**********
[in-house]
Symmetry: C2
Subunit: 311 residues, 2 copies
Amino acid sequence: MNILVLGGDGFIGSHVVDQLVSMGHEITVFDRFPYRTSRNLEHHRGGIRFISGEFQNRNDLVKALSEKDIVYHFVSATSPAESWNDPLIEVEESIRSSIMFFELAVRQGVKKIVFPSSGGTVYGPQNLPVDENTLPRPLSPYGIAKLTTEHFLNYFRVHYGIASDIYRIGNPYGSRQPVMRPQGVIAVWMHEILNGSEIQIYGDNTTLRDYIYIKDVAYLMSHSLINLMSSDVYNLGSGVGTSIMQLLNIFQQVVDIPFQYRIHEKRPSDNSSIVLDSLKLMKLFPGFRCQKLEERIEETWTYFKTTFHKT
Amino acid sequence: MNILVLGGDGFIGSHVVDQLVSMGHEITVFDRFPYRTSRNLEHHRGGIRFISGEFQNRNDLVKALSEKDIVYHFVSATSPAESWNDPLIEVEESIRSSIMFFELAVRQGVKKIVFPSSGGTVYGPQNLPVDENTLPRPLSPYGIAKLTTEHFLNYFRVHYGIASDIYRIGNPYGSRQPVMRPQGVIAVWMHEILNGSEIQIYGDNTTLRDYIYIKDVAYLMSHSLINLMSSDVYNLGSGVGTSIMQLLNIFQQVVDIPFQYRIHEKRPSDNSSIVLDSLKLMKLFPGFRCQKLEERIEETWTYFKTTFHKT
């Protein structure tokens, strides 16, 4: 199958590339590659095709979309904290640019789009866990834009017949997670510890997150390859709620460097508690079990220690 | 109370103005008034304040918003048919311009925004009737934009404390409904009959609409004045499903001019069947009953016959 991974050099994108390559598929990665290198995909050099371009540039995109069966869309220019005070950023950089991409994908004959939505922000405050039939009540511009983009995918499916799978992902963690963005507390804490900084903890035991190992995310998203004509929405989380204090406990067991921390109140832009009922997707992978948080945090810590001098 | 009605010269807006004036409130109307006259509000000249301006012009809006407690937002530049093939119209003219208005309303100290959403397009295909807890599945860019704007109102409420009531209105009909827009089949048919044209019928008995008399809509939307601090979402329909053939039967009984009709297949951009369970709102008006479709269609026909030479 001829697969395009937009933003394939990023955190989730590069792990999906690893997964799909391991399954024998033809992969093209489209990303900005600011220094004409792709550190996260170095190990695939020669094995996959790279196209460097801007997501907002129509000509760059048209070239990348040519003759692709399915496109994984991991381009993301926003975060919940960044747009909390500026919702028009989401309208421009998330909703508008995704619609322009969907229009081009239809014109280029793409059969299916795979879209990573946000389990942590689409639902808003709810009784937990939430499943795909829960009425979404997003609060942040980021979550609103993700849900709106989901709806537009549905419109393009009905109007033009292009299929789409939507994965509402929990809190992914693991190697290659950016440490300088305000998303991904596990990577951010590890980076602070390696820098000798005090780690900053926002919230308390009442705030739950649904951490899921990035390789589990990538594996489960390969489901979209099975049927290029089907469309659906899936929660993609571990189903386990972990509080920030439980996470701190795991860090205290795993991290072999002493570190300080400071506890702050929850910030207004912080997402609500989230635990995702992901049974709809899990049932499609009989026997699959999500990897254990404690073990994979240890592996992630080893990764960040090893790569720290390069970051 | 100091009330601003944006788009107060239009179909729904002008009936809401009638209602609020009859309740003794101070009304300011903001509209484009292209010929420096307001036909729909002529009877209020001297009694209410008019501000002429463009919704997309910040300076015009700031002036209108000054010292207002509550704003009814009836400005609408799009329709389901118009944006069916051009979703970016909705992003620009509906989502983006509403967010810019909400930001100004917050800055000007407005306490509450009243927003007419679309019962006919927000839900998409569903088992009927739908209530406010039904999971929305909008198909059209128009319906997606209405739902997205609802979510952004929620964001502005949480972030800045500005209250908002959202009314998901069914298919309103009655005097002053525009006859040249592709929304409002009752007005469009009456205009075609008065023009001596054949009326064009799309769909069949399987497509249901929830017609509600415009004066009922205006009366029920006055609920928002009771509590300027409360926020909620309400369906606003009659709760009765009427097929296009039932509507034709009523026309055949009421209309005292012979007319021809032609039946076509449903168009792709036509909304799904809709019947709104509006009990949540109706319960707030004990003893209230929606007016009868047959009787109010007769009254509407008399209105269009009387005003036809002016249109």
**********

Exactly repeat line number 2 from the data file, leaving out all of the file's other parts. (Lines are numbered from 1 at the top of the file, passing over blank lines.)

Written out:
Symmetry: C2